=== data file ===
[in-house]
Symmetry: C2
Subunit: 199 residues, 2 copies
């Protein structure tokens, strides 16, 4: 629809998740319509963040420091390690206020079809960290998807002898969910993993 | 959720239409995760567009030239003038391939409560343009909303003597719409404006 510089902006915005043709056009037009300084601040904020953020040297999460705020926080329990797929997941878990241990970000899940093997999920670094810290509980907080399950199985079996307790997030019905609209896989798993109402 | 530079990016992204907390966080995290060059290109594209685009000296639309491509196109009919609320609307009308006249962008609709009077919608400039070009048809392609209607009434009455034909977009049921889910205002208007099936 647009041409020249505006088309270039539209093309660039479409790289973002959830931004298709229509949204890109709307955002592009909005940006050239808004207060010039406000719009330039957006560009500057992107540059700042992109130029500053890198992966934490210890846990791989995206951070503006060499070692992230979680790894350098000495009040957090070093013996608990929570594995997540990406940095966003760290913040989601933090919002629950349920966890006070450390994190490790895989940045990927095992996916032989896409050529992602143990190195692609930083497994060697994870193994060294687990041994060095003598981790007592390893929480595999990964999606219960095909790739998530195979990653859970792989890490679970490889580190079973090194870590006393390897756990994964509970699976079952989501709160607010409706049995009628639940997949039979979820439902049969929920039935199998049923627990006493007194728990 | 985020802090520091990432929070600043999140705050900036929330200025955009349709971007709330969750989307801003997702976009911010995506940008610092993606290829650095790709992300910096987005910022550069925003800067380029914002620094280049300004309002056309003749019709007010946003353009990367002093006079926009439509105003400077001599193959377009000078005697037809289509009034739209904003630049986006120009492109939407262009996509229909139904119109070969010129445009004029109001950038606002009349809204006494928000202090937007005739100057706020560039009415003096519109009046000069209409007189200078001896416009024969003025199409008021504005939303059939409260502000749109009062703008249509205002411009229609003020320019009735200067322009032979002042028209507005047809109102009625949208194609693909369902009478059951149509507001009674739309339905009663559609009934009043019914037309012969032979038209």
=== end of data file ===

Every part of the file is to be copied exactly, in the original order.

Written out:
[in-house]
Symmetry: C2
Subunit: 199 residues, 2 copies
């Protein structure tokens, strides 16, 4: 629809998740319509963040420091390690206020079809960290998807002898969910993993 | 959720239409995760567009030239003038391939409560343009909303003597719409404006 510089902006915005043709056009037009300084601040904020953020040297999460705020926080329990797929997941878990241990970000899940093997999920670094810290509980907080399950199985079996307790997030019905609209896989798993109402 | 530079990016992204907390966080995290060059290109594209685009000296639309491509196109009919609320609307009308006249962008609709009077919608400039070009048809392609209607009434009455034909977009049921889910205002208007099936 647009041409020249505006088309270039539209093309660039479409790289973002959830931004298709229509949204890109709307955002592009909005940006050239808004207060010039406000719009330039957006560009500057992107540059700042992109130029500053890198992966934490210890846990791989995206951070503006060499070692992230979680790894350098000495009040957090070093013996608990929570594995997540990406940095966003760290913040989601933090919002629950349920966890006070450390994190490790895989940045990927095992996916032989896409050529992602143990190195692609930083497994060697994870193994060294687990041994060095003598981790007592390893929480595999990964999606219960095909790739998530195979990653859970792989890490679970490889580190079973090194870590006393390897756990994964509970699976079952989501709160607010409706049995009628639940997949039979979820439902049969929920039935199998049923627990006493007194728990 | 985020802090520091990432929070600043999140705050900036929330200025955009349709971007709330969750989307801003997702976009911010995506940008610092993606290829650095790709992300910096987005910022550069925003800067380029914002620094280049300004309002056309003749019709007010946003353009990367002093006079926009439509105003400077001599193959377009000078005697037809289509009034739209904003630049986006120009492109939407262009996509229909139904119109070969010129445009004029109001950038606002009349809204006494928000202090937007005739100057706020560039009415003096519109009046000069209409007189200078001896416009024969003025199409008021504005939303059939409260502000749109009062703008249509205002411009229609003020320019009735200067322009032979002042028209507005047809109102009625949208194609693909369902009478059951149509507001009674739309339905009663559609009934009043019914037309012969032979038209």